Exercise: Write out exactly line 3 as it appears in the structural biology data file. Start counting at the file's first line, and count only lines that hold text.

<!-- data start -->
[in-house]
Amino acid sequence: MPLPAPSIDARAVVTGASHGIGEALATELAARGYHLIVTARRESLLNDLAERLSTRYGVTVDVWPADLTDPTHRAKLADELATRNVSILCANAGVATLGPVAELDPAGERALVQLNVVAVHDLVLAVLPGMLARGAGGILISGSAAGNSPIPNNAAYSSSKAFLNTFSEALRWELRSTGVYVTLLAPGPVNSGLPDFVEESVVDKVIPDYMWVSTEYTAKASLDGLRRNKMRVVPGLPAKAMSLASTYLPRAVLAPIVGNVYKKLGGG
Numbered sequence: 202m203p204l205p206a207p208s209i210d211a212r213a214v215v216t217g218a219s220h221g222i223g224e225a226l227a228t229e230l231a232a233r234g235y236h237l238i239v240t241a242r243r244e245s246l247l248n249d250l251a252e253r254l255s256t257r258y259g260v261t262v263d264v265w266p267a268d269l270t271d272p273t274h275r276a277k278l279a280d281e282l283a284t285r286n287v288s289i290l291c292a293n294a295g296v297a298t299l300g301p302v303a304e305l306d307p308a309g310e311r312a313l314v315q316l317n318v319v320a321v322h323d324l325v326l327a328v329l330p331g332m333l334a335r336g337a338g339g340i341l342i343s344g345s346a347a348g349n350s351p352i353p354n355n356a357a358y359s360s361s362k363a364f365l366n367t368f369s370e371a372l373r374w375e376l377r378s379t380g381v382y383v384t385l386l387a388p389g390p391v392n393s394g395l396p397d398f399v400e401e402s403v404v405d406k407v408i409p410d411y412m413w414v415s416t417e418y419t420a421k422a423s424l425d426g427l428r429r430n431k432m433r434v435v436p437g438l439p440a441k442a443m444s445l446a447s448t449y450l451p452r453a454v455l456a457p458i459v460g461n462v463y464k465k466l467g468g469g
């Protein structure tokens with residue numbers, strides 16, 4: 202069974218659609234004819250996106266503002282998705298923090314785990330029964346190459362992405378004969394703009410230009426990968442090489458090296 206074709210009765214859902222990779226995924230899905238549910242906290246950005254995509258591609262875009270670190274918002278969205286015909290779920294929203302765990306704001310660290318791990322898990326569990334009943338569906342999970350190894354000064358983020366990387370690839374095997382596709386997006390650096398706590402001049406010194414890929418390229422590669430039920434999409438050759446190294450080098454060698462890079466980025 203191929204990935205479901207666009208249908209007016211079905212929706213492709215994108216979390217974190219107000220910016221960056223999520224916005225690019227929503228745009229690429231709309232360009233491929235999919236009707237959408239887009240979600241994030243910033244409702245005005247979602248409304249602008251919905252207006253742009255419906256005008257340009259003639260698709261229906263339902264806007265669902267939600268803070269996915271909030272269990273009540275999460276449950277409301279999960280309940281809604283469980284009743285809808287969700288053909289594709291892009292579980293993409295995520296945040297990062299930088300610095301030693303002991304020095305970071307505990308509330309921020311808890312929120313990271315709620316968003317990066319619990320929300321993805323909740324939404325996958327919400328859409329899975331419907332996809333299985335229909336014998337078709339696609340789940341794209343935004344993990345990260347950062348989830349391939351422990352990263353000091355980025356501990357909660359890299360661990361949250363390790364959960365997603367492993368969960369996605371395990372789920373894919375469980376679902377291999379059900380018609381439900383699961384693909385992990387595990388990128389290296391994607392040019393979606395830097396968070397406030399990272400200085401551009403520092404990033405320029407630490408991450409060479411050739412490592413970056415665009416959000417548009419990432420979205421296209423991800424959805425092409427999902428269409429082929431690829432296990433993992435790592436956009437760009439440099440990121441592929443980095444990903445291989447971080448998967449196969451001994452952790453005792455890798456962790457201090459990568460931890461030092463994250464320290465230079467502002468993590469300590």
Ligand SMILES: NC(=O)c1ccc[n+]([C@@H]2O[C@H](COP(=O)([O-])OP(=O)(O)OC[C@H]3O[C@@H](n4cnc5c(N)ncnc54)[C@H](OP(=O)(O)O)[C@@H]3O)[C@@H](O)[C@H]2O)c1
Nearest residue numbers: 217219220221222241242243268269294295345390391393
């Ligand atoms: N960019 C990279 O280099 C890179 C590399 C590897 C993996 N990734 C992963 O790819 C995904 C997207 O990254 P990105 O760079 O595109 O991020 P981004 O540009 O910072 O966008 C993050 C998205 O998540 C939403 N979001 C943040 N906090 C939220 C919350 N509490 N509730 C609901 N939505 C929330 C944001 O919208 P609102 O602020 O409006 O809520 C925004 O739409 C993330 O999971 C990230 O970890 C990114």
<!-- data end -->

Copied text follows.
Numbered sequence: 202m203p204l205p206a207p208s209i210d211a212r213a214v215v216t217g218a219s220h221g222i223g224e225a226l227a228t229e230l231a232a233r234g235y236h237l238i239v240t241a242r243r244e245s246l247l248n249d250l251a252e253r254l255s256t257r258y259g260v261t262v263d264v265w266p267a268d269l270t271d272p273t274h275r276a277k278l279a280d281e282l283a284t285r286n287v288s289i290l291c292a293n294a295g296v297a298t299l300g301p302v303a304e305l306d307p308a309g310e311r312a313l314v315q316l317n318v319v320a321v322h323d324l325v326l327a328v329l330p331g332m333l334a335r336g337a338g339g340i341l342i343s344g345s346a347a348g349n350s351p352i353p354n355n356a357a358y359s360s361s362k363a364f365l366n367t368f369s370e371a372l373r374w375e376l377r378s379t380g381v382y383v384t385l386l387a388p389g390p391v392n393s394g395l396p397d398f399v400e401e402s403v404v405d406k407v408i409p410d411y412m413w414v415s416t417e418y419t420a421k422a423s424l425d426g427l428r429r430n431k432m433r434v435v436p437g438l439p440a441k442a443m444s445l446a447s448t449y450l451p452r453a454v455l456a457p458i459v460g461n462v463y464k465k466l467g468g469g